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Debt-to-Income (DTI) Ratio is one of the many new mortgage related terms many First-Time Home Buyers in California will get used to hearing.
DTI is a component of the mortgage approval process that measures a borrower’s Gross Monthly Income compared to their credit payments and other monthly liabilities.
Debt-to-Income Ratios are designed to give guidance on acceptable levels of debt allowed by particular lenders or programs.
There are actually two different Debt-to-Income Ratios that underwriters will review in order to determine if a borrower’s monthly income is sufficient to cover the responsibility of a mortgage according to the particular lender / mortgage program guidelines.
Two Types of DTI Ratios:
a) Front End or Housing Ratio:
- Calculated by dividing the total monthly primary residence payment (Principal, Interest, Property Tax, Home Insurance, HOA and Mortgage Insurance) by the gross monthly income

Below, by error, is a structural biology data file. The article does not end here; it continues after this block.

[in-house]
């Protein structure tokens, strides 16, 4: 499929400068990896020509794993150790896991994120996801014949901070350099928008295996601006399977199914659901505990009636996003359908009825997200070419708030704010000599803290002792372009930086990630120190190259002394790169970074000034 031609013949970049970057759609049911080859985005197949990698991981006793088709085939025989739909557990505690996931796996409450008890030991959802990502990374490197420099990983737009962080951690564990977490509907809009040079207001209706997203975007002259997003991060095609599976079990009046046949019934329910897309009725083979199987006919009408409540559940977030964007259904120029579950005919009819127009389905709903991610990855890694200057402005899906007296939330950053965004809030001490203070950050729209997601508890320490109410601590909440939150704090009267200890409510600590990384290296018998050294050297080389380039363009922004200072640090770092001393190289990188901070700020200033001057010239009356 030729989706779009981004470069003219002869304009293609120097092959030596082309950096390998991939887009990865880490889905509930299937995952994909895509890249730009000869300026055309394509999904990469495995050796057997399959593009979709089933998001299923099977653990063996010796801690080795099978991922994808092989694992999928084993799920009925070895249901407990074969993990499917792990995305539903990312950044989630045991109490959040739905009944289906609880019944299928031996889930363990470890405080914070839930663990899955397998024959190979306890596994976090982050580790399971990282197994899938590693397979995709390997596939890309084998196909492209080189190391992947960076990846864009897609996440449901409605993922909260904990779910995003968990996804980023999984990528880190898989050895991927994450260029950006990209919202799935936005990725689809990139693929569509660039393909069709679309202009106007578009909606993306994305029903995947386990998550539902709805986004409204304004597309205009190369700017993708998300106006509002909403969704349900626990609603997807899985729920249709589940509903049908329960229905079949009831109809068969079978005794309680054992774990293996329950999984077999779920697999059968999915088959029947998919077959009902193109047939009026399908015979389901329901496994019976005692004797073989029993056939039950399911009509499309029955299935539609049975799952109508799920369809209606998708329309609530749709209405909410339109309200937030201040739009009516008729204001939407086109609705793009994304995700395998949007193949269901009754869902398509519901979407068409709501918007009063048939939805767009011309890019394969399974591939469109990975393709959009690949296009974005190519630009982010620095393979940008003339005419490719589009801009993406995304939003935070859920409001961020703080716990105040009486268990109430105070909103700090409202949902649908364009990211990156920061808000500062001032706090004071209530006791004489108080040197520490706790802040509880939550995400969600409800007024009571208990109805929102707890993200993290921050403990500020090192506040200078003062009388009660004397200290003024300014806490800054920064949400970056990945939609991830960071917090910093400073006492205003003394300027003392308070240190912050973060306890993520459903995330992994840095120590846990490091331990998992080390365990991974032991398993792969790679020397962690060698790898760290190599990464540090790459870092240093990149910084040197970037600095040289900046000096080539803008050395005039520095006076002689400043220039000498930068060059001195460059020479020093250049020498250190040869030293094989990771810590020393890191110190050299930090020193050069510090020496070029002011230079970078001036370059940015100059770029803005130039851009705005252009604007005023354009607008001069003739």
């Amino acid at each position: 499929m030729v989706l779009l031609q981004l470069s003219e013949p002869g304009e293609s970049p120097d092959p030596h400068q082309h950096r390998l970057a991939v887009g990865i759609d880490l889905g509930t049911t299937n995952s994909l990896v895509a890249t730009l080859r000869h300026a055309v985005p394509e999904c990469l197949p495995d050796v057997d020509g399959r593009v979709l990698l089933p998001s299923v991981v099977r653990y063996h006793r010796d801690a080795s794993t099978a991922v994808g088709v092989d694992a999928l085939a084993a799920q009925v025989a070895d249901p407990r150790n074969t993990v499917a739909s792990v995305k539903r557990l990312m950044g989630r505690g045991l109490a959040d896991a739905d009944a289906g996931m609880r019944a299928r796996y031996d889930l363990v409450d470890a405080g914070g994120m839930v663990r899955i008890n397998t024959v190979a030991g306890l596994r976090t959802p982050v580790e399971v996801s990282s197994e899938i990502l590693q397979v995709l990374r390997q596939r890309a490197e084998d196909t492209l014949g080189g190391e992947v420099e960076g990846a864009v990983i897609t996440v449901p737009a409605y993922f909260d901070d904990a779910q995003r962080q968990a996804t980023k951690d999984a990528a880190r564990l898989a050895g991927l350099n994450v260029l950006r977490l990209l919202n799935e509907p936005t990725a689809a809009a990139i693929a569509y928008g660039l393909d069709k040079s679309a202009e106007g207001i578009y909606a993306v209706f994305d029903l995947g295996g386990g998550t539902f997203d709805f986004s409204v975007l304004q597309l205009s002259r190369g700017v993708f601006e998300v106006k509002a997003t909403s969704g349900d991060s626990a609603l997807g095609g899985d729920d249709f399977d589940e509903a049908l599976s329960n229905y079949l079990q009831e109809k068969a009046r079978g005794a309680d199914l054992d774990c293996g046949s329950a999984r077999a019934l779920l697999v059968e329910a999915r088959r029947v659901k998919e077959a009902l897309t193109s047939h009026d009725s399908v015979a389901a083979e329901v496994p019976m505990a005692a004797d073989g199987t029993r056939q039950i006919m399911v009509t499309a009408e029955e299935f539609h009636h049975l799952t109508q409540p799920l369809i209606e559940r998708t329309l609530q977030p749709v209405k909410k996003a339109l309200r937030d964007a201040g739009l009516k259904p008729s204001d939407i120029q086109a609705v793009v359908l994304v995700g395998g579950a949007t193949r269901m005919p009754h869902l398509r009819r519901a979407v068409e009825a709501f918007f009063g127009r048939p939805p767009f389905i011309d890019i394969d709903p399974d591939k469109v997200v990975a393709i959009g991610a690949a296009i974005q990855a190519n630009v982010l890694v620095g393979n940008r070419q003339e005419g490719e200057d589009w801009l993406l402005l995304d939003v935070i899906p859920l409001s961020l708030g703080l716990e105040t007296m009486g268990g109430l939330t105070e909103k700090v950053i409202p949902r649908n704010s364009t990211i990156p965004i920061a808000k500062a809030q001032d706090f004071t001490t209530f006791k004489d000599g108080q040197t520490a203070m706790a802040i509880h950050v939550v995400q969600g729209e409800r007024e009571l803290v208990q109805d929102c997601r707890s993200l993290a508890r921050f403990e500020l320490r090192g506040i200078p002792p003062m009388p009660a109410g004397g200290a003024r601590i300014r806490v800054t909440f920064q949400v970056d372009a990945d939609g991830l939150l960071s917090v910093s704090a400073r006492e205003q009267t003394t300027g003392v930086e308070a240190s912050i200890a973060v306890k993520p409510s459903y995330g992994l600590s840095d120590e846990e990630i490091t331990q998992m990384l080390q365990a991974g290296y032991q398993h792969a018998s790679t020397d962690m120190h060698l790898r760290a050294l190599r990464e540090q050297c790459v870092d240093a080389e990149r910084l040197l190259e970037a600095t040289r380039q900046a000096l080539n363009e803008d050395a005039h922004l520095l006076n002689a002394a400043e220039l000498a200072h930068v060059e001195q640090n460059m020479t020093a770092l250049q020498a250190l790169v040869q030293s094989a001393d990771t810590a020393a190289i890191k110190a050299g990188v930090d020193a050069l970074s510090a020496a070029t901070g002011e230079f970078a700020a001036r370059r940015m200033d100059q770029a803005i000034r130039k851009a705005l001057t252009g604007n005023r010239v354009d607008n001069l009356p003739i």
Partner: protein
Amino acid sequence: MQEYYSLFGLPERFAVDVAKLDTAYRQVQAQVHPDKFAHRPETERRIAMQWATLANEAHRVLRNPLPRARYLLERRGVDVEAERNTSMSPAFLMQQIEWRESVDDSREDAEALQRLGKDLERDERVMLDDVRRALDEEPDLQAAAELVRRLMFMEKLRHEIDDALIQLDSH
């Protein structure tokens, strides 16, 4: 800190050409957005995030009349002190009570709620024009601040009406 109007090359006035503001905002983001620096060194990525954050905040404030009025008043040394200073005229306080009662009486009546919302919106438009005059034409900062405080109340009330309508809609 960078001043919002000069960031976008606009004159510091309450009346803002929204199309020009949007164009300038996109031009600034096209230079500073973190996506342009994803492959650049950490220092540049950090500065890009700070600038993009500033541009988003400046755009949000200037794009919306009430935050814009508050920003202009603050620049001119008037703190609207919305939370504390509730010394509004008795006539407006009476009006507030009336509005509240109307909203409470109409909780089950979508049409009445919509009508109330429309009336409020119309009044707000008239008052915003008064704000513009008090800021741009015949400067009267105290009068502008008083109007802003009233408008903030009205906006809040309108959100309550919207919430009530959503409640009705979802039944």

b)Back End or Total Debt Ratio:
- Calculated by dividing the total monthly housing payment plus all consumer debt by the gross monthly income
Most loan programs allow for a Total DTI of 45%. In some cases like FHA loans, higher DTI ratios may be allowed. However, on large loan amounts called Jumbo loans, lower DTI may apply.
Housing DTI is usually not a qualifying factor, unless you are looking for an 80/10/10 loan where Front End or Housing Ratio of 38% is required.
Remember, the DTI Ratios are based on gross income before taxes.Lenders also prefer to use W2’s or tax returns to verify income and employment.
However, the adjusted gross income is used to calculate DTI for self-employed borrowers on most loan programs.Since there is room for interpretation on these guidelines, it’s important to review your personal income / employment scenario in detail with your trusted mortgage professional to make sure everything fits within the guidelines.
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